Domain Driven Design Quickly

Eric Evans’s Domain Driven Design book is certainly one of the software books I most frequently recommend and in addition to regularly utilizing many of the ideas in that book I also regularly proselytize many of the ideas throughout organizations as a means to guarantee that engineering efforts remain aligned with business value and to promote assorted requirements engineering practices. Recently one of my teammates found and asked about Domain Driven Design Quickly(1) as a lighter weight alternative to the much longer and less accessible Big Blue Book and so I quickly went through it to see how much it aligns with the messaging I tend to promote.

I was wary at the outset as many of the shorter domain driven design(DDD) resources seem to be more of technical cookbooks: offering software design prescriptions that feel simplistic and diametrically opposed to the foundation that the model provides an abstract bridge between the solution and problem spaces (or the engineers and the subject matter experts respectively) to enable ongoing communication and evolution (many such books seem to espouse what amounts to a lean analytical model which is typically placed in contrast to domain driven design). I was plesaed to find that this book did not fall into that trap (it was also likely written prior to DDD being coopted by consultants promising canned solutions).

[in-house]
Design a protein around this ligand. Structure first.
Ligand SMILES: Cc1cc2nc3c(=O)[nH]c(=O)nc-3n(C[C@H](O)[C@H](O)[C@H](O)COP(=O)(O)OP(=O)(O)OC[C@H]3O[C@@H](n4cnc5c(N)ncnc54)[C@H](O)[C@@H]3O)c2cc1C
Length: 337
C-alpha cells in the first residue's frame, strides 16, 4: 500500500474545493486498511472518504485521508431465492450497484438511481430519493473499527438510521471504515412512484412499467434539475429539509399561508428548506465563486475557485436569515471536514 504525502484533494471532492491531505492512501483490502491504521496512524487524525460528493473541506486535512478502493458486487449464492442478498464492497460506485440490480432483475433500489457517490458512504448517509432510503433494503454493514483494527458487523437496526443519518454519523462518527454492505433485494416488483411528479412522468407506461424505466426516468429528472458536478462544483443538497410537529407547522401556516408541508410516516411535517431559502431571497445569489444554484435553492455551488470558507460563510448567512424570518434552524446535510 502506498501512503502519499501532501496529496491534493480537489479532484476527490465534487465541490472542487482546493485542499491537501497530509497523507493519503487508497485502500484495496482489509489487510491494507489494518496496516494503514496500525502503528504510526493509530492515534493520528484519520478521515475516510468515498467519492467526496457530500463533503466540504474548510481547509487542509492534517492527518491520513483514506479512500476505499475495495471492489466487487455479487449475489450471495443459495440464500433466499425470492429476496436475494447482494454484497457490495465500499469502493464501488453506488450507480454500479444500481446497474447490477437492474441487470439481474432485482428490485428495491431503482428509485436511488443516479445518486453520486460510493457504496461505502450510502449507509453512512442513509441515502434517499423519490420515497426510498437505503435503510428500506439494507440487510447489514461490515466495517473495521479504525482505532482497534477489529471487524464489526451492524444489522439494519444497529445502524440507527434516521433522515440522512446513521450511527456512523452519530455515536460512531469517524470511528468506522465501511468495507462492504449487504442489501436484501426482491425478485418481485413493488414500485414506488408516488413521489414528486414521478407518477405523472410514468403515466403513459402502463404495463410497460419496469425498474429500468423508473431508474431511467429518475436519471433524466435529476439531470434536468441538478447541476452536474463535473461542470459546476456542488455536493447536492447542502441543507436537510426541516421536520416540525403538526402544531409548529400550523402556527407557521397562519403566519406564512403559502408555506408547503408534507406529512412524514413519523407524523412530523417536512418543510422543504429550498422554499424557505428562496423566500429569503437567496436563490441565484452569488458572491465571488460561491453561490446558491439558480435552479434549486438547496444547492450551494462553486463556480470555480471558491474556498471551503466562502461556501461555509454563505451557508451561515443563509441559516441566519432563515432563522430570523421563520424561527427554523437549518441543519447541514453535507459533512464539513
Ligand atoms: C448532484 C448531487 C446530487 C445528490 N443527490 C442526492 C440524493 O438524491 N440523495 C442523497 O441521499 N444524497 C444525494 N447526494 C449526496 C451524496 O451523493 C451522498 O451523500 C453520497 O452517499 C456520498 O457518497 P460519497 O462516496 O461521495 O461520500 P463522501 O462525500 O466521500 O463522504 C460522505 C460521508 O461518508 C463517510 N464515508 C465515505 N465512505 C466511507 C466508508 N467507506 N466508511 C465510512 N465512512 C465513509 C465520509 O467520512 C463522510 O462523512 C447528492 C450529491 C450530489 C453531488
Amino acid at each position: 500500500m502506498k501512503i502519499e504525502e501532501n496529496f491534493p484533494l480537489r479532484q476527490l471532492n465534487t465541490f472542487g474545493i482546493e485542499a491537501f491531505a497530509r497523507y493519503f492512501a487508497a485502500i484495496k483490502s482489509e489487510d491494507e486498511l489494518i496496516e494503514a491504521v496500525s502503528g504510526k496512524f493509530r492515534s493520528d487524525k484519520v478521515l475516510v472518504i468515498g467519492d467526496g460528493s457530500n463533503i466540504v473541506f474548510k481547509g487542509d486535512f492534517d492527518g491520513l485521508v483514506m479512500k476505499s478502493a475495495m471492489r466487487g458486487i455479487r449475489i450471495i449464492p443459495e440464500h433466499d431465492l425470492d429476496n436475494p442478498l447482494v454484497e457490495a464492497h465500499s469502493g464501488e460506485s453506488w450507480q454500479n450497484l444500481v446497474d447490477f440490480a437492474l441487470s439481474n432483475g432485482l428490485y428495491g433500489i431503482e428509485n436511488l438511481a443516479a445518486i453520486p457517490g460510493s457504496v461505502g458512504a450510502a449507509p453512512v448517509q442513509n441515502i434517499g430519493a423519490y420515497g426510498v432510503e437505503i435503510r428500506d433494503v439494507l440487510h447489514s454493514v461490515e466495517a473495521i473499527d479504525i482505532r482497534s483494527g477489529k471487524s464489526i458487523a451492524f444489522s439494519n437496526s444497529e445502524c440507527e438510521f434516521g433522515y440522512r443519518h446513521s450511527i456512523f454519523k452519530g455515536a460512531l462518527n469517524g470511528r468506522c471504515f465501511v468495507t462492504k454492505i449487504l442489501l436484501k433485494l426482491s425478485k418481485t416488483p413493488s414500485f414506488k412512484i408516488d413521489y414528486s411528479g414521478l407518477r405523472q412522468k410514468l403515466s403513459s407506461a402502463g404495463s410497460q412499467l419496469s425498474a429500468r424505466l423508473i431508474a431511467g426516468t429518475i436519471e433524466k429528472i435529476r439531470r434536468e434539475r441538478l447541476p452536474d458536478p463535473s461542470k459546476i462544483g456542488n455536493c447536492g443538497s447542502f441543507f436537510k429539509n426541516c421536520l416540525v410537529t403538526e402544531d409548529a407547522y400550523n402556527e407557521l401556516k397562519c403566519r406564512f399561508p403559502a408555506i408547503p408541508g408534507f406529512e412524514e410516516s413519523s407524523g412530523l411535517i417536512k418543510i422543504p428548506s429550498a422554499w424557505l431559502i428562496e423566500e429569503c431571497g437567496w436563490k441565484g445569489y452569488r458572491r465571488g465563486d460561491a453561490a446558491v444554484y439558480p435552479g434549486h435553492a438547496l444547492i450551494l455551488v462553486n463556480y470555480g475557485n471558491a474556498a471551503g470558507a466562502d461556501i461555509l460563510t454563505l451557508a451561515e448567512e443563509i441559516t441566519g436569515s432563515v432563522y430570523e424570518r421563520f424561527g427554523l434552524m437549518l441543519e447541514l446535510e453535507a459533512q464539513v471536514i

I’d recommend the book to get a high level overview of what DDD is about and many of the constructs it leverages. It does a solid job of conveying most of the core principles while eliding much of the design advice in The Big Blue Book that, while very valuable for both software design and modeling, is not specific or essential in terms of DDD.

I think my one concern with Domain Driven Design Quickly compared to the original book is that the former seems to underplay the challenge of distilling an appropriate model. This may be a natural consequence of the treatment being done quickly which doesn’t naturally lend itself to conveying work which is likely to be ongoing and unclear.

Overall this book is a valuable resource to help foster a shared understanding of concepts throughout a team which can enable wider contribution and collaboration but seems to be a little too light to inform the driving of any associated effort. If you are participating in an effort based on DDD or are just casually interested in the topic then this book is a great resource but if you want to lead a DDD effort then this book by itself doesn’t seem likely to cut it (though generally any such leadership should be driven by a breadth of knowledge and resources).

FLOYD MARINESCU, Abel Avram. Domain-driven design quickly [online]., 2007. Available from: